Divertible flow in the Central Division is the sum of diversions from Smiths Fork and
designated tributaries, diversions from Bear River in the division, diversion to Bear Lake via
the Rainbow Inlet Canal, and flow passing Stewart Dam. A water emergency shall exist when
this divertible flow is less than 870 cfs, or when Bear River entering Idaho (gaging station at
Border) is discharging less than 350 cfs. Wyoming diversions are limited to 43 percent of
divertible flow during a water emergency.
During 1993 the river was not regulated in both of these divisions until mid-late July.
In 1994, regulation commenced in mid-May in the Central Division and by the first of July in
the Upper Division. For details concerning the distribution of waters in each of the irrigation
seasons, consult the chapters which follow concerning 1993 and 1994.
The Compact does not provide for specific allocation of waters by the Commission in
the Lower Division unless certain provisions of the Compact are met relating to a petition
being initiated by a Utah water user who feels that waters are not being equitably apportioned.
There has never been a request for administration under this provision of the Compact, and
none was received in this biennium; nor was the Commission formally involved in the
distribution of waters in the Lower Division.
The Commission has concluded that a record of the streamflows in the Bear River
drainage is most important as this record is needed 1) for the measurement and subsequent
distribution of irrigation waters during the summer season in compliance with the Compact, 2)
to verify the compliance of diversions with the Compact, 3) for the review of the Compact, as
is required from time to time, and 4) for the three states to plan for water resource use and
development. As an indication of the Commission's commitment to the stream-gaging
program, the Commission allocated in the biennium approximately 50 percent of its budget to
the stream-gaging program. Utah Power, the individual states, and water user organizations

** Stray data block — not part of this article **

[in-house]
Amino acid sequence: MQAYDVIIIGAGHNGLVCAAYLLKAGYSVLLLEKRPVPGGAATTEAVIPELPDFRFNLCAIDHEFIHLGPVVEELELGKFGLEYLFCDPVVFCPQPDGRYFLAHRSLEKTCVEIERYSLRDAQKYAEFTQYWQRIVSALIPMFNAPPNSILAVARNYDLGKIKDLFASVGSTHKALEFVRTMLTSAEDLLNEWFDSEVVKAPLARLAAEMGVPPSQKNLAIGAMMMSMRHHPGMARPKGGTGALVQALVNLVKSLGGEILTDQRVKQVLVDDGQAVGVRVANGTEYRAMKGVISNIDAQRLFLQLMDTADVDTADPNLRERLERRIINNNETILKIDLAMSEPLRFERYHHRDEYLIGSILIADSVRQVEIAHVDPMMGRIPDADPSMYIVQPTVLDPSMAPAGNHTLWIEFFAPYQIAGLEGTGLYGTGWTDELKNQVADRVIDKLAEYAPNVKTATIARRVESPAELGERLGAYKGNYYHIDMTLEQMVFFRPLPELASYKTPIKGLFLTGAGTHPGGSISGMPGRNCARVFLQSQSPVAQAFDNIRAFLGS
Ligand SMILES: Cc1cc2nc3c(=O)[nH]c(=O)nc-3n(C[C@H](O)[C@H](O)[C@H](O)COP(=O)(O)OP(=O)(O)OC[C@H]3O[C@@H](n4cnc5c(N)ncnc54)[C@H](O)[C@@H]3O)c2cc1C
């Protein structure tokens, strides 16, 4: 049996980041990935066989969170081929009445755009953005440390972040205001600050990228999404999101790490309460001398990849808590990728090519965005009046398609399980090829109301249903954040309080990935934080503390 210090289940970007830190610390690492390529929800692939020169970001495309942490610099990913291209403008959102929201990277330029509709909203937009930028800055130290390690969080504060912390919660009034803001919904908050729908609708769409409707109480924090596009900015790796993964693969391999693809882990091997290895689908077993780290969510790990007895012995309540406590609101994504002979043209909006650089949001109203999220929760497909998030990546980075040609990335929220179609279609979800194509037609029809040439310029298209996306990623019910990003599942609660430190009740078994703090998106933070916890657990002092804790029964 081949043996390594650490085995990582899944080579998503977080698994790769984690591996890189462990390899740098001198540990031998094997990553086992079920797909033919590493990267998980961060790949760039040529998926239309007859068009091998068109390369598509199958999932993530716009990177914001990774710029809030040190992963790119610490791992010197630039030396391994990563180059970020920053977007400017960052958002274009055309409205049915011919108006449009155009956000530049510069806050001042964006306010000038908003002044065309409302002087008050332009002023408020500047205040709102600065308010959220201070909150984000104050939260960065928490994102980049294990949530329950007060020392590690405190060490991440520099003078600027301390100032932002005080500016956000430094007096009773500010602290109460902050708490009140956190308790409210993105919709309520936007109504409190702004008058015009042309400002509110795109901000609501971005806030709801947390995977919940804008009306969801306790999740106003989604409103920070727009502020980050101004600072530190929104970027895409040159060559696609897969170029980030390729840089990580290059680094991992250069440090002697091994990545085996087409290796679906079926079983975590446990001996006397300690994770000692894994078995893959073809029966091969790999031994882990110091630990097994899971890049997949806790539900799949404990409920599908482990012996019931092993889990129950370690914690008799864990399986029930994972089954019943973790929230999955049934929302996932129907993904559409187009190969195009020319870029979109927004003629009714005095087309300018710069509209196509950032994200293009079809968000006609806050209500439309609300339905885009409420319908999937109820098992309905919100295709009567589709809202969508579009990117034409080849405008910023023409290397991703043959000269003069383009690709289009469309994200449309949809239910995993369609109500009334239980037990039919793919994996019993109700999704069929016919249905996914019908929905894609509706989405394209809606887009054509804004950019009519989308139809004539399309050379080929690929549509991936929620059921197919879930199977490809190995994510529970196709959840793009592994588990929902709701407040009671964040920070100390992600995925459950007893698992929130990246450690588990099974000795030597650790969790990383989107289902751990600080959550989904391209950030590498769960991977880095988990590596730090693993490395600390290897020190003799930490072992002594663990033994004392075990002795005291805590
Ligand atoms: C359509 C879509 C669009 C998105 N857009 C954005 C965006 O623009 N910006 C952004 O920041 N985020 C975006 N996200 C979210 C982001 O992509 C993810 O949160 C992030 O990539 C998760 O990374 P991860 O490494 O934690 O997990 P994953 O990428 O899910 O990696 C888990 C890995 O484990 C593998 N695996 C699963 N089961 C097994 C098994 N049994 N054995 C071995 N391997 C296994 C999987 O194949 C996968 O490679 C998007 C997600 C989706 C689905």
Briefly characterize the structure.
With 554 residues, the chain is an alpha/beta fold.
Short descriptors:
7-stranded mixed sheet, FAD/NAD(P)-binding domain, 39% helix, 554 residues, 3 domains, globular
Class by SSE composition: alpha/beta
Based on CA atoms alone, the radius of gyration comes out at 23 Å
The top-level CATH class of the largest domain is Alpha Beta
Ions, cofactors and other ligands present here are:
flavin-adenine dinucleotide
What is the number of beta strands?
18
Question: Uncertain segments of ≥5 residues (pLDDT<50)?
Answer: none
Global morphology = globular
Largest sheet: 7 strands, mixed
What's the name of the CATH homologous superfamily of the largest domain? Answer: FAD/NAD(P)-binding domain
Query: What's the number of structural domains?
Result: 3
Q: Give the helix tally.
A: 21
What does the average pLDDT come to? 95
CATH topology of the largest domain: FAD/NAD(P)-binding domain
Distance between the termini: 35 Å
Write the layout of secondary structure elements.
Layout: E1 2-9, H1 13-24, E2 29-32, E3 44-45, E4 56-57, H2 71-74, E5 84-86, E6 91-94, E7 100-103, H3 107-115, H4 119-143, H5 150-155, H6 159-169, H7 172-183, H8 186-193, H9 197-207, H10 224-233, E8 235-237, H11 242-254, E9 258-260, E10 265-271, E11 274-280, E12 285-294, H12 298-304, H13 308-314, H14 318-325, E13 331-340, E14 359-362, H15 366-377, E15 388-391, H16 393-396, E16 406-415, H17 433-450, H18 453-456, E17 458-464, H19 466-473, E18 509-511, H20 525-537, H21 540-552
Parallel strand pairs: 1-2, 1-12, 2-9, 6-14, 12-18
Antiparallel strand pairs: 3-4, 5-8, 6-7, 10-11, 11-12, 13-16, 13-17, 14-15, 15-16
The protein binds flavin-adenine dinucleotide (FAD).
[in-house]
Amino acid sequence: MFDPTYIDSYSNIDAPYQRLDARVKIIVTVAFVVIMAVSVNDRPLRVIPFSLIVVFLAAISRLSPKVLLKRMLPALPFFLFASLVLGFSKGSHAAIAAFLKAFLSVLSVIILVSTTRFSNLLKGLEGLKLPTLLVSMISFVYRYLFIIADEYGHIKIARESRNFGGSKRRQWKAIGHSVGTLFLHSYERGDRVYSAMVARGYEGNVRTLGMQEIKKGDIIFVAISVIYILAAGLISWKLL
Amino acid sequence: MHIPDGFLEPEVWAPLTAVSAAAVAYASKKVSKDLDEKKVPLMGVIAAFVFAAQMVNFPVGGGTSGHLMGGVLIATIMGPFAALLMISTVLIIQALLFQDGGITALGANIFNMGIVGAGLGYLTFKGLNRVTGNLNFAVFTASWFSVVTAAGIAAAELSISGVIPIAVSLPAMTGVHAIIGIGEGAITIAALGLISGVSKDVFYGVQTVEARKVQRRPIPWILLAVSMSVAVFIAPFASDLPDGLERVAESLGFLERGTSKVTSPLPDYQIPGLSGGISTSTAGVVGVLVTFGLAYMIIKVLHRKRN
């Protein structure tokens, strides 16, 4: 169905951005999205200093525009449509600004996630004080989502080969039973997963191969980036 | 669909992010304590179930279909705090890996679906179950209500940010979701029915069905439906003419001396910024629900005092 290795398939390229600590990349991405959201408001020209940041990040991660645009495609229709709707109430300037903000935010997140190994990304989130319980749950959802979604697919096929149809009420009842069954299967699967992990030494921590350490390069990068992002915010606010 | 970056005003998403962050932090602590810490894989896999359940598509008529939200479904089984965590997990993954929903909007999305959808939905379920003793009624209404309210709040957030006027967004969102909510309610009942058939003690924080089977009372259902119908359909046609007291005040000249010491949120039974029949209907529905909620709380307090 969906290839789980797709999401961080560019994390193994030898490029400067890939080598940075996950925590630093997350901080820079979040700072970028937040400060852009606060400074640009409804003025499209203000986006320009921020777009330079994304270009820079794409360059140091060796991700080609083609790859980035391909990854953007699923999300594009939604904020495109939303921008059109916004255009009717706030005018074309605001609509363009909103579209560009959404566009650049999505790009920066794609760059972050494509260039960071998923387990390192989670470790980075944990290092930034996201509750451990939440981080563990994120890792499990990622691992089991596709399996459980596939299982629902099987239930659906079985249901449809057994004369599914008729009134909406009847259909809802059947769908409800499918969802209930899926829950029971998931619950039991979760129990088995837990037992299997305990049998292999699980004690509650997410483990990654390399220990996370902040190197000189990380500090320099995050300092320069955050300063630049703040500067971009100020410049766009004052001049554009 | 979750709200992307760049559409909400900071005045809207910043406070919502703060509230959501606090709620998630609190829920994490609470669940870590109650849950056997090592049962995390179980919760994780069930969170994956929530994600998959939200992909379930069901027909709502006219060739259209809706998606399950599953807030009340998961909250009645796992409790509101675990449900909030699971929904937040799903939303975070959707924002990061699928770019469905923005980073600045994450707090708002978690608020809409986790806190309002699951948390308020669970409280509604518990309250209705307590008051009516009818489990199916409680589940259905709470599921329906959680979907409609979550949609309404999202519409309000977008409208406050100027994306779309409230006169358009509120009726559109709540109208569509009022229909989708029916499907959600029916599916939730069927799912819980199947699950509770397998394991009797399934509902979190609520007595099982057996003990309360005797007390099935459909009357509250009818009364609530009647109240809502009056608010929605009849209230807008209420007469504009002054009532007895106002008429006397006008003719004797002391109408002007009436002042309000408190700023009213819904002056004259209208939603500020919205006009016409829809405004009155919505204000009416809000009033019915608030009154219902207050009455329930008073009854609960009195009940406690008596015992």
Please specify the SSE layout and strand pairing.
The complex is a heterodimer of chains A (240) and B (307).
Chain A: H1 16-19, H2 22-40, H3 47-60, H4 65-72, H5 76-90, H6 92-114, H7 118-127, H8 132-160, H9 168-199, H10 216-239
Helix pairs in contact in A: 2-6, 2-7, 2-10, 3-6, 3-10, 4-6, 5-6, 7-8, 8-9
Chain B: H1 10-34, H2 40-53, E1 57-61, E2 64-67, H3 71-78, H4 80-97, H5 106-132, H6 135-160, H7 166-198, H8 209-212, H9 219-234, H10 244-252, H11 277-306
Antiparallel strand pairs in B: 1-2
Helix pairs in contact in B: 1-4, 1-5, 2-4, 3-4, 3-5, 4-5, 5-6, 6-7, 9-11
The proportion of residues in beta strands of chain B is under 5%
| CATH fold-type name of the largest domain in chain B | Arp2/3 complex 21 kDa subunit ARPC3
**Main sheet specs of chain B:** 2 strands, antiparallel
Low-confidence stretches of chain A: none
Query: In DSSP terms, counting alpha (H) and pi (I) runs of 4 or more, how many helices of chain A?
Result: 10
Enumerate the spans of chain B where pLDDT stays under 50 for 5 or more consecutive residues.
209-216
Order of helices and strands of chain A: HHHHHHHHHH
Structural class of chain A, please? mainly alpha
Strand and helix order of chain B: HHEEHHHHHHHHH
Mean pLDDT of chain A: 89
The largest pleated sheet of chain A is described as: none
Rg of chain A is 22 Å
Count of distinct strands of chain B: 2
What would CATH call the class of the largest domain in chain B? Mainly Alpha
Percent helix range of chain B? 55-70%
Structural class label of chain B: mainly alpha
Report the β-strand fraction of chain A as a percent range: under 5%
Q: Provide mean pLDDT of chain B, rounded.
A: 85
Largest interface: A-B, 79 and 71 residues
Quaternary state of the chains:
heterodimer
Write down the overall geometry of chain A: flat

maintain additional records of streamflows and canal diversions. A composite of all of the
records is needed to accurately reflect the waters available for use in the Bear River
All of the stream gages, supported by the Commission, are operated and maintained by
the USGS. The USGS is well recognized as a leader in stream-gaging technologies, and their
records are used as a standard for planning, water distribution, and legal purposes. The
cooperative agreement between the Bear River Commission and the USGS provides that both
contribute equally to the funding of the program. The adequacy of the stream-gaging program
is constantly reviewed by the Commission's TAC, by Commission members, and by the
Lists of the individual gages supported during the biennium and the records of key
gages during the biennium are made a part of this report, and respective detail is provided in
the 1993 and 1994 chapters of this report.
BIENNIUM STATE ADMINISTRATION
Article XI of the Amended Compact provides that applications for appropriation or
change in water use within each state shall be in accordance with individual state law, except no
such application shall be approved if the effect will deprive water users within another state or
increase the depletion beyond that which is provided for under the Compact. This article further
requires that state officials report, in a format and at intervals established by the Commission,
the status of their respective allocations and uses. The Commission has determined that the best
format for reporting such changes in uses is the Biennial Report. Details of state water-related
activities are shown in the respective years' write-ups.